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Questions about cyclewear

Ratchet21

Speeding Up
Sep 7, 2020
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No, that‘s not really a thing, and cycling clothes cannot be altered the way usual shirts can be altered. In many places, they use laser welding (not sure whether this is the proper term in English) and the like to affix two pieces of cloth (plastic) to one another.

Cycling clothing has to fit properly when you buy it. Just like with other clothing, some manufacturers have different fits, so especially with tight-fitting clothes (“race fit”) you need to look at the measurement charts and verify that they actually do fit you. Hence, my comment that Asian fit cycling clothes is likely not a good fit for non-Asians. By the way, the same is true for glasses, some manufacturers have Asian fit frames (as well as they should!), so be aware of that when you buy.
don't bother, just 1) put up with a little extra length 2) buy shorter and use the glove cuff to cover exposed areas 3) buy the correct length. On the bike you don't lift your arms over your shoulder height, so lifting your arms up to check length has no relevance to cyclewear. Cycle sleeves will be shorter than your regular wardrobe.
Guessing here, but a fairly simple alteration like sleeve length is probably going to depend on the material. Some of the hi-tech lycra type materials may be laser cut and come out badly if cut with scissors. In terms of pure skill though, Japanese alteration services will be very good. If you know someone really good, it can be better to buy a cheap dress shirt from say Uniqlo and get it (radically) altered than to buy a 10,000 to 15,000 shirt off the peg. I think it was on NHK World, but I've seen examples of people doing this.

As Simon says, dedicated cycling gear is supposed to fit in riding position. "Snug" in riding position may be uncomfortably tight when off the bike, etc.

I see, the problem I had was that for the S size it fits my body well with a little more allowance but the sleeves can cover up to my finger tips. As for XS the fit was body tight without allowance with a base layer but the sleeve is much more bearable. I'm just afraid in the case that I gain a little weight and the XS will be out completely.

Both feel great in riding position though the sleeve on the S is so long it can flap (And the cloth around chest and stomach part with raise up)

It is this exact jersey:

Looking at the material, there is wind block and insulating material stitched to the front part of the body and arm which is why I'm not very sure can the local alteration do it. (Even though I googled and seems like some cyclist just alter it normally)

Material wise I'm not sure how do Rapha weld them together:
Main body:
  • 89% merino wool
  • 11% nylon
One more thing: in your situation I strongly advise against buying shoes online — unless you know your exact fit and size. Some shoe manufacturers have a narrower fit than others, some shoes are more or less rigid than others.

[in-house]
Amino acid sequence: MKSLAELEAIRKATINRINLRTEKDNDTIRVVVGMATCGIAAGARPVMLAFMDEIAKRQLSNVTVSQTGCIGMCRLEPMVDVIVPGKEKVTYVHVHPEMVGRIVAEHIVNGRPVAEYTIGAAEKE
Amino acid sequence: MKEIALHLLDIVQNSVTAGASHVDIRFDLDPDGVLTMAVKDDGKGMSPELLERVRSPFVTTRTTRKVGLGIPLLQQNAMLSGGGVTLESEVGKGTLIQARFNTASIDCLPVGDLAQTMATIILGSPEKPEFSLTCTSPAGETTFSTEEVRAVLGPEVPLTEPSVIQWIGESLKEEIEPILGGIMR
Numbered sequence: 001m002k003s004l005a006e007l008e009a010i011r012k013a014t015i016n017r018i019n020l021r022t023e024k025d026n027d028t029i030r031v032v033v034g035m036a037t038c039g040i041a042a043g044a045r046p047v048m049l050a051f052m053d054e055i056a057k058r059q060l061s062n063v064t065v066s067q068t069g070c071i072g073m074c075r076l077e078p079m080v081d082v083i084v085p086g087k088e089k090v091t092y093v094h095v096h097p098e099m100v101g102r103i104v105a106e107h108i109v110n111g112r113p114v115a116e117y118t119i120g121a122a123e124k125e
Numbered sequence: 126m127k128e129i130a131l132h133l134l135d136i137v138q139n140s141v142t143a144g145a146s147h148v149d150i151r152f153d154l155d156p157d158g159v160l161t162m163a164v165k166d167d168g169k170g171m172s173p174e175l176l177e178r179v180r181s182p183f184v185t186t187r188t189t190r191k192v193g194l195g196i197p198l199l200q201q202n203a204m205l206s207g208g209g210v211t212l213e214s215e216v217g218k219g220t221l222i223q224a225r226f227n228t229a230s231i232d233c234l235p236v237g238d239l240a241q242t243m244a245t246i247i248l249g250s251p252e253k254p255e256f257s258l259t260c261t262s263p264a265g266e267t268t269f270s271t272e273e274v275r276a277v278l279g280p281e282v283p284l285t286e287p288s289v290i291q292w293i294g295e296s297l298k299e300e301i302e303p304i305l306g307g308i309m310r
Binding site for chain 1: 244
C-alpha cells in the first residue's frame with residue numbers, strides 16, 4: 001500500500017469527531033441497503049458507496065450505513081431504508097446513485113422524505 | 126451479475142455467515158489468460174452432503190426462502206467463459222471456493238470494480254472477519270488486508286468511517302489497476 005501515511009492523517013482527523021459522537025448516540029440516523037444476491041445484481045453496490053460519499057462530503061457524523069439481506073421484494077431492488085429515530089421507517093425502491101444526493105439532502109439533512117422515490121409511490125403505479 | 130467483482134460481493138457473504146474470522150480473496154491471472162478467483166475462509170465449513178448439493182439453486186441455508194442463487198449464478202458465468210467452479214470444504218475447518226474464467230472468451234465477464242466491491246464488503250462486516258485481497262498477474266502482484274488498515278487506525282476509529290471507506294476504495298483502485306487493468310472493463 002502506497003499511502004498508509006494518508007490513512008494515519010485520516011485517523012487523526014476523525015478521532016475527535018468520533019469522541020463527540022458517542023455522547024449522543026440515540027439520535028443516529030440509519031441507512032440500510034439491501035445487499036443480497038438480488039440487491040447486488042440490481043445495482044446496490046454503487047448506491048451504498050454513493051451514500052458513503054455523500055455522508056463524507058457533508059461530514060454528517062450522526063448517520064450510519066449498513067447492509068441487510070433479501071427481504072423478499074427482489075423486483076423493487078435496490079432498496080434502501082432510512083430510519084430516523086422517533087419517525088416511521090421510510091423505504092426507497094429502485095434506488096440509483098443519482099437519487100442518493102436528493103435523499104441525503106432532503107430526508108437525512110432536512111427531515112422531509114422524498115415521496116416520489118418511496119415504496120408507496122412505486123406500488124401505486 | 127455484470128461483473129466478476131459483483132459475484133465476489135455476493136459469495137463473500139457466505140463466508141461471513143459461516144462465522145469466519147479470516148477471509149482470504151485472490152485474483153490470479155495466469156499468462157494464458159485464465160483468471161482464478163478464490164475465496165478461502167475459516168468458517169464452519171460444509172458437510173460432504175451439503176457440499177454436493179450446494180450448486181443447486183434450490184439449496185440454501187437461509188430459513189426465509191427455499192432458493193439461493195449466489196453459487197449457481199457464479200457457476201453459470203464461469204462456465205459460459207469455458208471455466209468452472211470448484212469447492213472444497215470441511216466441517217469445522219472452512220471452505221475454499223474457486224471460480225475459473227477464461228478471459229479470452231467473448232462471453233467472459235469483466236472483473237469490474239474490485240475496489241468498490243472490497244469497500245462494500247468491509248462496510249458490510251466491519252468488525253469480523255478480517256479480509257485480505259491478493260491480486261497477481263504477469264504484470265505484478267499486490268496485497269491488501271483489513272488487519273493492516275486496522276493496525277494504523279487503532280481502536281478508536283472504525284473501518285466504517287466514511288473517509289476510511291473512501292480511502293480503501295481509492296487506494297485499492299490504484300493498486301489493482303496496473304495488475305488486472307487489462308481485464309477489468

Will definitely try and buy it in person! Thank you for the advice!
 

jdd

Maximum Pace
Hardest Crash
Jul 26, 2008
2,841
1,156
Cyclewear stitching is (almost) always stretchy. So 'normal' for cycling, but quite different from a hem, cuff, placket, etc.

Many sewing machines can do those kinds of stitches, but it's a different kind of ball game.
 

OreoCookie

Maximum Pace
Dec 2, 2017
1,400
1,138
I see, the problem I had was that for the S size it fits my body well with a little more allowance but the sleeves can cover up to my finger tips. As for XS the fit was body tight without allowance with a base layer but the sleeve is much more bearable. I'm just afraid in the case that I gain a little weight and the XS will be out completely.

Both feel great in riding position though the sleeve on the S is so long it can flap (And the cloth around chest and stomach part with raise up)
What counts is the fit in riding position. So if the sleeves are a tad too long standing straight, then that might actually be a good thing. For long-sleeved clothes, you want a generous overlap between your gloves and your jersey or jacket.
Looking at the material, there is wind block and insulating material stitched to the front part of the body and arm which is why I'm not very sure can the local alteration do it. (Even though I googled and seems like some cyclist just alter it normally)
Again, I would not suggest to have cycle clothing altered. Even if stitching is used, cycle clothing is not cut to the same fit as regular clothing and uses stretchy fabrics. Unless the shop you are giving it to has experience with that (and very few do), I just wouldn‘t, sell the clothes and buy something else. Plus, it‘ll cost quite a bit.
 

kiwisimon

Maximum Pace
Dec 14, 2006
3,367
1,471
Both feel great in riding position though the sleeve on the S is so long it can flap (And the cloth around chest and stomach part with raise up)

It is this exact jersey:
That is a top layer so even in correct sizes it should flap around. how far down your hand does it come? If it is not stupendously long it should be good.

You know the chest measurement you prefer so then find your preferred sleeve length. Measure the XS sleeve length in the Rapha if that is your perfect length.

At those prices you shouldn't have to do any DIY fixes. Not every style or model will have a perfect match Winter outer wear will usually flap a bit if you want to layer under it.

what are your chest and arm measurements?
 
Last edited:

pedalist

Maximum Pace
Jan 24, 2015
390
489
I got some cycling wear changed/fixed. I still remember the struggle of that "skilled" person who said "No problem!"
Actually, it's easy enough with the right tools and knowledge (says that "skilled" person) though.
Anyway, did you ask at the Rapha shop, if they could adjust the sleeves?
 

joewein

Maximum Pace
Oct 25, 2011
2,924
2,107
For long-sleeved clothes, you want a generous overlap between your gloves and your jersey or jacket.

I have a 3-5 cm suntanned ring around my wrists, the gap between my gloves and my LS jersey because the sleeves tend to be too short for my rather long arms. So I definitely second that recommendation!
 

jdd

Maximum Pace
Hardest Crash
Jul 26, 2008
2,841